- One could pair a chunkier cotton knit one with a heavyweight zipper (maybe gold?) French tuck it into faux leather joggers and a pair of Nikes or faux leather leggings and booties. Either would work, depending on what you enjoy wearing.
- A lofty striped zip-neck sweater in cotton or cashmere or wool. It's slightly oversized and untucked over your favorite vintage jeans, with high-top Chucks, your favorite socks peeking out.
- A chunky cotton one that hits just below the waistband of leather jeans, which taper to pointed-toe boots. Bronzer or a smoky eye, but not both. That ridiculous Amazon handbag you bought after seeing it carried by a dozen different influencers.
- Marled, the colors of denim, paired with indigo straight-leg jeans and a pair of suede loafers in that pop of color that is becoming more prevalent in your closet as it gets further into fall.
- A metallic knit zip-neck sweater for the holidays, paired with velvet trousers and smoking slippers.
- A zip-neck, your favorite color of fall: pine, pumpkin, wine, berry, mustard, chocolate, all of them work. Pair with some cords or chinos in a similar color… or a completely different direction. With such a classic style of sweater and trouser, you can get a little more wild with the color combination. The same holds true for the shoes. Go super classic with a penny loafer or canvas sneaker, or choose a shoe in a bold color or an of-the-moment sneaker.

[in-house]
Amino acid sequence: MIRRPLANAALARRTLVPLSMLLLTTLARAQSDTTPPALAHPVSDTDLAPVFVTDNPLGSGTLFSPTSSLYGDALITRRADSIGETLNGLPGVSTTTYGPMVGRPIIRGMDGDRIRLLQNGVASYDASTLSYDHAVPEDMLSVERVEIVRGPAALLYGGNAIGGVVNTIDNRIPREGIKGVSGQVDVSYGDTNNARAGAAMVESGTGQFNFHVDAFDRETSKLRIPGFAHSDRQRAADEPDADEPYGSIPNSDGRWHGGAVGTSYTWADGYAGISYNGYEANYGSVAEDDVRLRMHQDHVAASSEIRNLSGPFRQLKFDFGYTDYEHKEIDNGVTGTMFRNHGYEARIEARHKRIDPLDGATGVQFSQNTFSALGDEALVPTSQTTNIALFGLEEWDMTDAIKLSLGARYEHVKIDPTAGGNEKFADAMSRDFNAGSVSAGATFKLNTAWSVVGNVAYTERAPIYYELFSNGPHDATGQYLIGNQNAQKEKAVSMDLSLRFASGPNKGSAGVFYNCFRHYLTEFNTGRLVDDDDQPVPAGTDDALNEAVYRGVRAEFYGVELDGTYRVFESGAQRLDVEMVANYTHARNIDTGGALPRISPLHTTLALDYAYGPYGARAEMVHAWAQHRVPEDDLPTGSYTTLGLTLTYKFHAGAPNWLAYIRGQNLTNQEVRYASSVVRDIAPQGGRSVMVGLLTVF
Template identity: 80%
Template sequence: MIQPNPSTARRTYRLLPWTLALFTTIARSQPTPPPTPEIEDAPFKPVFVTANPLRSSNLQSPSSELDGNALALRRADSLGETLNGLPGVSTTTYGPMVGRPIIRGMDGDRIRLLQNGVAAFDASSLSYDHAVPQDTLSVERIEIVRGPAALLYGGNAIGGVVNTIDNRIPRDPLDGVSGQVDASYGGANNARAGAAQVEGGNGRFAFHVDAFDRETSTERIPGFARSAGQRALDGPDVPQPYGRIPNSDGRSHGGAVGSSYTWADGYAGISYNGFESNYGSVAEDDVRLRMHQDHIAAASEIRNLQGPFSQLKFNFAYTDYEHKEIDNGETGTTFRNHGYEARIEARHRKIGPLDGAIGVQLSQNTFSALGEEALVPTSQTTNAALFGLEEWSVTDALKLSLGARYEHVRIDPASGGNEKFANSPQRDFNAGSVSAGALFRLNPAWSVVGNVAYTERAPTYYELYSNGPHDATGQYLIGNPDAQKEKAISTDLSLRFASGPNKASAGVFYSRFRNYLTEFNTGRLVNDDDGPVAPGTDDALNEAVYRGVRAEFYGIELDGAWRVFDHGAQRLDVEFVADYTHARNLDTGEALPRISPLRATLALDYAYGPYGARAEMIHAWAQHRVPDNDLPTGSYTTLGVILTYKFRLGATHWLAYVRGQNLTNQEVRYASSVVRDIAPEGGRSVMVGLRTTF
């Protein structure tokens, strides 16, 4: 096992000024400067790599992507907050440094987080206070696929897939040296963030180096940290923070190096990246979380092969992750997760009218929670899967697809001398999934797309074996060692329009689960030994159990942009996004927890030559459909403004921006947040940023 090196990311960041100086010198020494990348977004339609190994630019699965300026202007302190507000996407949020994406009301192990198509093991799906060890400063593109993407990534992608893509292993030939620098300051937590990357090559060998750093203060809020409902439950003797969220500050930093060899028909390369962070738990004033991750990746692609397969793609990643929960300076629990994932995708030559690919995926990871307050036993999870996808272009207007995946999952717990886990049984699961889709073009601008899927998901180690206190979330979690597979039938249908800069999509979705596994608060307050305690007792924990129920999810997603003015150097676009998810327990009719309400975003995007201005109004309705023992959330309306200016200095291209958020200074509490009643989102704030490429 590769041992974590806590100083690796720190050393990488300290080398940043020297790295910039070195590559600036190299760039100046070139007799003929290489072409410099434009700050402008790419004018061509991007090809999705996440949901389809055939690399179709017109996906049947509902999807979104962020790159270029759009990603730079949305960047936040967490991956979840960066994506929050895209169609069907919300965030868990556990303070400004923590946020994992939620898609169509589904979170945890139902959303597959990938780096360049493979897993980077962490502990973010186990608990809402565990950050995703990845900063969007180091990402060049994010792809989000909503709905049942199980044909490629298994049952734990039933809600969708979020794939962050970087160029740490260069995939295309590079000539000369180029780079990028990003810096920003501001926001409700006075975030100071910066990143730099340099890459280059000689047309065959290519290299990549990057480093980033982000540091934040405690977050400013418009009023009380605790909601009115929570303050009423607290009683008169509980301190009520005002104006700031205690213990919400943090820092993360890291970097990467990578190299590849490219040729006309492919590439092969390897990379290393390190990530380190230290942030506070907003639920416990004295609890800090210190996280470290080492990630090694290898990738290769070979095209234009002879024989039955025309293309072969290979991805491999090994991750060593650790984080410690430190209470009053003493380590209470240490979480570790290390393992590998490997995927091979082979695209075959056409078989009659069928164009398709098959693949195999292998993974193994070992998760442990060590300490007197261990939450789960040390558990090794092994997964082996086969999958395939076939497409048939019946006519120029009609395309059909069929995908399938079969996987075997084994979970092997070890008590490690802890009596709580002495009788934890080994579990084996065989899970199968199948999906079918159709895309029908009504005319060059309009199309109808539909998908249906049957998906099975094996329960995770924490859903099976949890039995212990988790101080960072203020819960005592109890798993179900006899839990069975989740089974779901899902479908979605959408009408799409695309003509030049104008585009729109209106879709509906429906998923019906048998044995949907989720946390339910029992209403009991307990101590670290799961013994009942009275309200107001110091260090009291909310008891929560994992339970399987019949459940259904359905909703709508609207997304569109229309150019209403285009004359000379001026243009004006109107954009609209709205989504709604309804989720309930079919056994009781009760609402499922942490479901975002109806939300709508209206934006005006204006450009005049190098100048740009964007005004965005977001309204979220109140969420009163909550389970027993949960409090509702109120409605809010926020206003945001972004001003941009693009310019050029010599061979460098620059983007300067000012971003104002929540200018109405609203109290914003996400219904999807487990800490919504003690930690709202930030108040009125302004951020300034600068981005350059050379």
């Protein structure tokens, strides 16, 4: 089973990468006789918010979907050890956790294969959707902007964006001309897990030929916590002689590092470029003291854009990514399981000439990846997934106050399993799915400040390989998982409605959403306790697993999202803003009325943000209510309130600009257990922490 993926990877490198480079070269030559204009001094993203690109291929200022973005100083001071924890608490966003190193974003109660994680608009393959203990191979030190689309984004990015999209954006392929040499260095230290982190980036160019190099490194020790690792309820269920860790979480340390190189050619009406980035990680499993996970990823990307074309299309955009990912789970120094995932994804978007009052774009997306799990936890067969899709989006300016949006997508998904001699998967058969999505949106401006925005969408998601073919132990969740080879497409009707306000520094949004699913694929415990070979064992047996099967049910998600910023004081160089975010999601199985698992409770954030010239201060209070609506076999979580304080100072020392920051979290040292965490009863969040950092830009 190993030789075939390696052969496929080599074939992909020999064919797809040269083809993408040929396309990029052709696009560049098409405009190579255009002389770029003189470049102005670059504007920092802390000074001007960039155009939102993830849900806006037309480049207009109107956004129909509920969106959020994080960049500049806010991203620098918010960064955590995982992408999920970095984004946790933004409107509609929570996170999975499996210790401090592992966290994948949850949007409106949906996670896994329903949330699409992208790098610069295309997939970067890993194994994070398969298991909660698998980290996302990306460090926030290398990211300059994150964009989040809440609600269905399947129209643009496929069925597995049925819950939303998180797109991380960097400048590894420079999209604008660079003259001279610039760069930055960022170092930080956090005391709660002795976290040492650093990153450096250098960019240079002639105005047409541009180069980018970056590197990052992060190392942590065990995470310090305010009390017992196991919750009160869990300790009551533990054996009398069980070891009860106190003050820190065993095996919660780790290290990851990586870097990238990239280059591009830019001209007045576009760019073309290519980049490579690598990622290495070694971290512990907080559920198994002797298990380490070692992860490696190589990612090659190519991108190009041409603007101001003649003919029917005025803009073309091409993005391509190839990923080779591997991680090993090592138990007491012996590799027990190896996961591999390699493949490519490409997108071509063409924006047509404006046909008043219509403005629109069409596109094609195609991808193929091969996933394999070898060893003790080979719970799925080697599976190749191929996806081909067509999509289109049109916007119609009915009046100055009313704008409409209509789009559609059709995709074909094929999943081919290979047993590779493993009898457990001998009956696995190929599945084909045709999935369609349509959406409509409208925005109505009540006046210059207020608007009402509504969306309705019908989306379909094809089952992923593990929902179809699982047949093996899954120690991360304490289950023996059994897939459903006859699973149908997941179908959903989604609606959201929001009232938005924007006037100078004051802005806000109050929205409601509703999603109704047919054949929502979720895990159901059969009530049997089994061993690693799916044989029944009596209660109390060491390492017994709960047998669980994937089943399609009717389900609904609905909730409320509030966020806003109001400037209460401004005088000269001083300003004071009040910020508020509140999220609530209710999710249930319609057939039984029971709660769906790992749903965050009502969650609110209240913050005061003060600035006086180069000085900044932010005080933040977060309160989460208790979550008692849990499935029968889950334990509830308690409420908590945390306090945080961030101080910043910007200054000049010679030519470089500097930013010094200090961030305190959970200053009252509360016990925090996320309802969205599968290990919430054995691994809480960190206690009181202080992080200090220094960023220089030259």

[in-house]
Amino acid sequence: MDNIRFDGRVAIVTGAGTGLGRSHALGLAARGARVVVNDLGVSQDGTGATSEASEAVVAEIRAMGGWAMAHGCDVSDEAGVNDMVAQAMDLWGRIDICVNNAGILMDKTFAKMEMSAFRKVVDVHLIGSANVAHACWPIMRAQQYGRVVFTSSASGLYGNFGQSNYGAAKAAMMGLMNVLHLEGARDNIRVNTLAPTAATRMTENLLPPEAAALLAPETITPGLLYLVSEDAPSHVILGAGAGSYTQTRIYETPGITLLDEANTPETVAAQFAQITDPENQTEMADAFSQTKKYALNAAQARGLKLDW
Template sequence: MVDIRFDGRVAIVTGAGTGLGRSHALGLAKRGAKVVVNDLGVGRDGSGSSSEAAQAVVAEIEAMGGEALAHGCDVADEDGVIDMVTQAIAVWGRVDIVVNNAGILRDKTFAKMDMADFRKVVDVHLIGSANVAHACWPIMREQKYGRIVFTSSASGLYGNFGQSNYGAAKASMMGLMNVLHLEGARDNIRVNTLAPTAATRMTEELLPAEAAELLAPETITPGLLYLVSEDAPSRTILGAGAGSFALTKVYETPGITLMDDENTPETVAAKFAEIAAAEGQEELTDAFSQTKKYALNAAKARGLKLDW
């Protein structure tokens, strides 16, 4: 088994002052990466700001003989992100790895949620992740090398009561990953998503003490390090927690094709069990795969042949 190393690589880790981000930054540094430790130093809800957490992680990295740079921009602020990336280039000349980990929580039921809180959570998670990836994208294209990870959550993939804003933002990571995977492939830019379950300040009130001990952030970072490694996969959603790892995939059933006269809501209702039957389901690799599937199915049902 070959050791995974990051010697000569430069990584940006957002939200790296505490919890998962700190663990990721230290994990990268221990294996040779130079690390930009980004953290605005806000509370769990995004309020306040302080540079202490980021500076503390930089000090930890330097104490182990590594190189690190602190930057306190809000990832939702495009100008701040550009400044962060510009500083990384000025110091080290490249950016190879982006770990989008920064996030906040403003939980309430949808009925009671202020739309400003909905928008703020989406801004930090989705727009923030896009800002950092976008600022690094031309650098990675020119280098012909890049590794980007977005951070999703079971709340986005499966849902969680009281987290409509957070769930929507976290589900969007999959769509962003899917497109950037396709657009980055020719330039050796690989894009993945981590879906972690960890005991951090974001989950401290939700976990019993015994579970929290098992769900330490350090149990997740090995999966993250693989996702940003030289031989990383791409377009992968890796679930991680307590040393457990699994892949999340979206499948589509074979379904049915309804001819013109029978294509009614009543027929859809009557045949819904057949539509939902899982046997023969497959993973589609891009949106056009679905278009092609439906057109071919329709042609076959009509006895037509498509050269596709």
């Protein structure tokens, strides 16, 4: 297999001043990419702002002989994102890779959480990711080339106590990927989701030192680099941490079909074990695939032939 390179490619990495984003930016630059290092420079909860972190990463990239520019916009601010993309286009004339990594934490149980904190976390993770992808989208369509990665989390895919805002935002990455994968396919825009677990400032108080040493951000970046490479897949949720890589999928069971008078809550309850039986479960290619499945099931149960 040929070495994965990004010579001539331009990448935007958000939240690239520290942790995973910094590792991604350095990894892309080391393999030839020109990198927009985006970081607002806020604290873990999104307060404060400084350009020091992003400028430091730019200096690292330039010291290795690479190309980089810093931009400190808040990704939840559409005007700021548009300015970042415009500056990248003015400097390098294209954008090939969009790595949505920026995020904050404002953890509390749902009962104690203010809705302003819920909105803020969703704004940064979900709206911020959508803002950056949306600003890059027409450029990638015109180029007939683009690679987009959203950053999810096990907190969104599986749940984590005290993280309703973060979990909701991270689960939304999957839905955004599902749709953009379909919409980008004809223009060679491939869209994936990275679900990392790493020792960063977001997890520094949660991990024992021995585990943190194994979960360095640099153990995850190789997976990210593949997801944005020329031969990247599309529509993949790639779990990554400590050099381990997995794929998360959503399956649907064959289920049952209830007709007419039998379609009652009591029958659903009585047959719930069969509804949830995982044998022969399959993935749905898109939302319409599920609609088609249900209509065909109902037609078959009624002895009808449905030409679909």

- A black tunic-length one with a statement-making zipper paired with black ponte leggings. A bag, a pair of earrings, or shoes connect to the zipper in regard to color or finish. Maybe you'd also connect this theme to your choice of eyeshadow or lipstick and having anything additional also black to let those tell the story.
- Go full-out Coastal Grandmother/Star of a Nancy Meyers movie aesthetic with a soft neutral monochromatic look. Choose a soft zip-neck sweater in cashmere, merino, or cotton and pants to match. Menswear-inspired, or ankle length, or even a pair of relaxed chinos. A pair of sneakers, or Chelsea boots, or lug-soled granny boots in the same color and maybe a hat or beanie to finish the look.
- French tuck one into a micropleated midi skirt, which is swishing over a pair of boots. As for the boots, they could be sleek knee-high heeled boots or combat boots, Chelsea boots or cowboy boots. Add a pair of gold hoops and if it's a dressier event, add a bright lip.